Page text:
The funy thing about this is that I am probably in the most unorganized state that I have ever been. I just moved to a new home (the details of which I'll get to shortly), and all of my belongings are still in boxes. You'd think a week would be enough time to get settled, but I decided (maybe unwisely) to become a mentor for RadFrosh, OPIRG-Carleton's alternative frosh. That ocupied a lot of my time in the last week. For a week I have had neither phone nor internet, which has made it difficult to co-ordinate. Also, just before moving I lost my PalmPilot with all of my todo, contact and scheduling info in it (luckily some of it was synched to my PC). Yet somehow things seem alright... one of the reasons being that I live in a good home.

The location of the home I live in is near Preston and Elm St. The neighbours in the area are quite friendly; it really feels like a neighbourhood. I quote one of my room mates "I've talked to more people in one week here than the whole year living in the Glebe [Holmwood & O'Connor]". The rent on the 4-bedroom unit we ocupy is very reasonable. The location is very close to the OTrain Bayview stop, which is very convienient for getting to school. But the best part is that I have great room mates. I don't have permission to blog them up yet, but I'm going to ask permission and hopefully I'll get to blogging them soon. It suffices to say that all 3 of my room mates are both interested in Free/Libre Open Source Software, and also interested in environmental sustainability and other issues affecting the public interest. Thus, we're considering calling the house "The Green Penguin house" (the penguin being the mascot for Linux), but we haven't reached a consensus on that yet. Oh, and that brings me to another wonderful thing about our house: we're organizing ! We will be having regular meetings with food, and agenda, a minutes-keeper, a facilitator, and consensus-based decision making. I am beginning to recognize the importance of social self-determinination. It all starts in the home, they say, so here's wishing "power-with" with every day.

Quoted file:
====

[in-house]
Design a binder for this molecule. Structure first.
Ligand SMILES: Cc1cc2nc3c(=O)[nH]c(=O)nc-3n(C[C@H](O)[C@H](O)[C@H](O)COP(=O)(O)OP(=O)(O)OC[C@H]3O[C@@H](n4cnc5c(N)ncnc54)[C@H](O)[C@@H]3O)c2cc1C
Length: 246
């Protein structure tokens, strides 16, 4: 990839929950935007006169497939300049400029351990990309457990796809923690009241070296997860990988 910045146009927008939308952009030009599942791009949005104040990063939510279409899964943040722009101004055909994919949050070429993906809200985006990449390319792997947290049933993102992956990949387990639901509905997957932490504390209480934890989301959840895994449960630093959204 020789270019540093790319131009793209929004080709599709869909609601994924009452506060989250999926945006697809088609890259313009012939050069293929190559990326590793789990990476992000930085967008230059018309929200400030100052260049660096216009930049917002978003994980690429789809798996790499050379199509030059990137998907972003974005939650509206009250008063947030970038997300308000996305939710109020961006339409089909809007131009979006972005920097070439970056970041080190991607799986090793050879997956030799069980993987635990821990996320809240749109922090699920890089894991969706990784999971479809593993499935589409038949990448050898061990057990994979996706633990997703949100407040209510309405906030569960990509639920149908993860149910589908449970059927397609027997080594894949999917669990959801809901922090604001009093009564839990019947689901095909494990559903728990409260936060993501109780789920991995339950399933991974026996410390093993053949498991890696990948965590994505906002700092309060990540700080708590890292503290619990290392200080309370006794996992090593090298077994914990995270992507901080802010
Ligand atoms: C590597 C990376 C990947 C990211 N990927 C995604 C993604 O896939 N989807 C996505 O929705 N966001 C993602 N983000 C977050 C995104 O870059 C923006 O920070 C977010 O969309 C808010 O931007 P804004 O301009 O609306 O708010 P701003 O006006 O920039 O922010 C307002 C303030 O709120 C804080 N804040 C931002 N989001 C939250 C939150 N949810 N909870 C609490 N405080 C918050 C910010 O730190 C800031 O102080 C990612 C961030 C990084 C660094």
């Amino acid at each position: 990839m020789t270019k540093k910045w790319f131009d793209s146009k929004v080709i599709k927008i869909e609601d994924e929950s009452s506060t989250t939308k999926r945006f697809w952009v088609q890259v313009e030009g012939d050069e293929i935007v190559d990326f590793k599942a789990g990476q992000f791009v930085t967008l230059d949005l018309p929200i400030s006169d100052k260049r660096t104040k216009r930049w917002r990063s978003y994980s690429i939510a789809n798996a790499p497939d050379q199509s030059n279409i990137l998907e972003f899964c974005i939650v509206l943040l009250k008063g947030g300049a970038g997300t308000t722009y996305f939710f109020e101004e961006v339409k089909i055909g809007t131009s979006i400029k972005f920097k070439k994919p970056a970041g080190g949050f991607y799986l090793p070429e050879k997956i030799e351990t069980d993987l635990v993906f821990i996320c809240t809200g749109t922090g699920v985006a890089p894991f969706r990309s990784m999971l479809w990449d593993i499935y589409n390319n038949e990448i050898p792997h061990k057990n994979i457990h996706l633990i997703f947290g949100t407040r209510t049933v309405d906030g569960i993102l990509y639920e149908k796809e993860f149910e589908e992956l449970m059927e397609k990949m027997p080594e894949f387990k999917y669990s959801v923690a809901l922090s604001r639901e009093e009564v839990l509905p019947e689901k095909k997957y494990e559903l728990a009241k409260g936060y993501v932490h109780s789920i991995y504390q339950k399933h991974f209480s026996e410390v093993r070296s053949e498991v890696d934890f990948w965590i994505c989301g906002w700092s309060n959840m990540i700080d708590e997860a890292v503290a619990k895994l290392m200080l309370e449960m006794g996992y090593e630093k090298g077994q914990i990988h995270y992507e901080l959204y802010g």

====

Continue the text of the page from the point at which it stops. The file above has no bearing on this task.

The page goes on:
Well, I hope that gives a broader window to my world. I imagine my life will be opening up more and more with every day. I'm getting heavy with creativity, so I hope to be sharing more in the Commons soon. I'll be sure to let the community know of any new displays.